Natural Gas Imports and Exports Role on the US Economy

Natural Gas Imports and Exports Role on the US Economy

Natural gas imports and exports have always played a large role on the US economy. For decades, natural gas has cost the United States billions in USD. Recently, the United States has switched from being a net importer of natural gas to being a net exporter.

Being a net exporter means more natural gas is exported than is imported. The natural gas import/export pendulum has swung from being a $30 Billion drain on our economy in 2005 to being a $3 Billion boost in 2017.

The Turning Point for Natural Gas

Natural gas net imports rose steadily from 1986 to 2007, according to the US Energy Information Administration (EIA). Ramping up from 689 Bcf (billion cubic feet) in 1986, net imports reached the highest volume of 3,785 Bcf in 2007.

During the late 80’s and 90’s, the import price stayed fairly stable, averaging $1.92 USD per Mcf (thousand cubic feet). However, this began to change from 2000 to 2008. Import prices rose all the way to $8.70 before it was chopped in half during 2009. The combination of growing net import volume and skyrocketing price of natural gas caused the net cost of imports to rise dramatically.

In 1999, the net cost for natural gas imports was at $7.6 Billion. By 2000, it nearly doubled to $13.9 Billion. By 2005, it was all the way up to $29.7 Billion. For the years of 2005 – 2008, net import costs summed $106 Billion.

While the deregulation of the financial industry was the primary cause of the 2007/2008 financial crash, there were other factors that contributed to the cash and following recession. The huge accumulated price of natural gas imports, along with crude oil, contributed it’s share of strain on our economy. With an unsustainable import cost of natural gas and the financial crash combined, 2007 marked a turning point for natural gas imports.

Where Natural Gas is Today

With the market crash in full effect and everyone tightening the belt financially, natural gas imports started dropping while exports were on the rise.

Import volume was at a record high of 4608 Bcf in 2007.

This decreased until the years 2014 and 2015, where imports were around 2700 Bcf annually. Although they have increased slightly to just over 3000 Bcf, this has been more than offset by increasing export volume.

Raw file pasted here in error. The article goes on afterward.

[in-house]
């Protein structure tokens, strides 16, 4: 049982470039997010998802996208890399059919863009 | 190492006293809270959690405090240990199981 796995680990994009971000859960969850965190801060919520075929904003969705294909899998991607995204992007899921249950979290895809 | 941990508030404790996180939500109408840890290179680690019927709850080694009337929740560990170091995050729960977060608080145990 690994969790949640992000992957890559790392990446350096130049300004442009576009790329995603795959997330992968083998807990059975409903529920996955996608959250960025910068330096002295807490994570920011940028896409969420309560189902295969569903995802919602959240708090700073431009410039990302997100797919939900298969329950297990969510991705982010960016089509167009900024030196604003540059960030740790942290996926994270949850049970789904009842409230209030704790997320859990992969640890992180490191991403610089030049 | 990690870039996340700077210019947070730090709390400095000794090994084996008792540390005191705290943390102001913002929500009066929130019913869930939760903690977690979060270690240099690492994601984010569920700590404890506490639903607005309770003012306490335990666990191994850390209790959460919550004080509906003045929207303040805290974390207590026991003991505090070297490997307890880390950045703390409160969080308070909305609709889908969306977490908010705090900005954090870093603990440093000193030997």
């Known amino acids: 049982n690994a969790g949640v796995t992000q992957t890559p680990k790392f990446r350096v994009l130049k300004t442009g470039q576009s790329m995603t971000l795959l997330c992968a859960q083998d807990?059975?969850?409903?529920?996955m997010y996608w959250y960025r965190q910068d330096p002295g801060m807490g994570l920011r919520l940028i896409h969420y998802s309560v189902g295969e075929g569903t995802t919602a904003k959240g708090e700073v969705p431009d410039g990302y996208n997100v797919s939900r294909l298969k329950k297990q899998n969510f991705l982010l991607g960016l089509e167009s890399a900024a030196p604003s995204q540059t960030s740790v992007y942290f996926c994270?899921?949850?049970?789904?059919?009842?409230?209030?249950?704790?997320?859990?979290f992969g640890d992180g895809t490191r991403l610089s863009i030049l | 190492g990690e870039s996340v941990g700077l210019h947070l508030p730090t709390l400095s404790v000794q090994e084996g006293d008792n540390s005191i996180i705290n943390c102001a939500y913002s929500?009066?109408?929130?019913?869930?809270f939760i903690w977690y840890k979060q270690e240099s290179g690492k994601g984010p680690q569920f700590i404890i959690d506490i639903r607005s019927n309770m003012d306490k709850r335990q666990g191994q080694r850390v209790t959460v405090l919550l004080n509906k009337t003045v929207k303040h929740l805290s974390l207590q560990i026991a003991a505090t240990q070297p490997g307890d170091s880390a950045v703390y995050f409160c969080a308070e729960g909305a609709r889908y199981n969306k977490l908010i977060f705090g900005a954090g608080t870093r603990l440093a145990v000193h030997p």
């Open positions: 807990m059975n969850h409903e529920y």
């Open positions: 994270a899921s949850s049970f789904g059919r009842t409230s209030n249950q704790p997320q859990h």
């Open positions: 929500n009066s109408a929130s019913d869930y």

In 2007, natural gas export volume was at a meager 822 Bcf, only 18% of the import volume. Exports have continued to rise, especially in the last 3 years. Natural gas exports in 2017 nearly quadrupled that of 2007. This diminishing import volume and increasing export volume have finally summed to a net export as of 2017, for the first time in history.

Where Natural Gas is Going

The forecasts for natural gas exports remain very strong. On Feb 26 2018, total natural gas exports hit an all-time high of more than 8 Bcf per day. According to the EIA, the 2018 projection for liquid natural gas (LNG) exports is 58% higher than in 2017. This trend will continue, reaching 4.8 Bcf per day by 2019. This is 60% greater than the average for 2017.

While the majority of the forecasted export growth will be from LNG, the forecast for pipeline natural gas exports is also strong. While 2017 realized a daily average of 6.7 Bcf, this year (2018) is projected to average 7.2 Bcf per day. 2019 is forecasted to average 8.0 Bcf per day, an increase of 19% over 2017. Total exports (LNG and pipeline combined) are forecast to average nearly 13 Bcf for 2019.

Net Economic Value of Natural Gas Exports and Imports for 2018 and 2019

What does this mean as far as net economic value of natural gas exports and imports during the near future?

Last year, the net positive revenue of natural gas exports was $2.95 Billion.

This year the forecast is for a net positive revenue of $5.1 Billion. Next year the projection is for a net positive revenue of $8.2 Billion.

This is not the end of the story for natural gas. While renewable energy sources are ramping up, they cannot sufficiently provide for the world’s energy needs in the upcoming decades. Natural gas is able to bridge that gap at an economically viable price. Over the next few decades, this valuable homeland resource will continue to boost our economy.

As a natural gas pipeline contractor, Hanging H Companies has been contributing to building the pipeline infrastructure that enables this net export of natural gas and our economic growth. We are proud to play our part in bringing a cleaner alternative than coal to the North American population.

As greener cleaner technologies emerge, such as renewable natural gas, CCU, and CCS (carbon capture and storage), Hanging H will be right there, continuing to support the pipeline infrastructure that makes it all possible.

No Comments

Sorry, the comment form is closed at this time.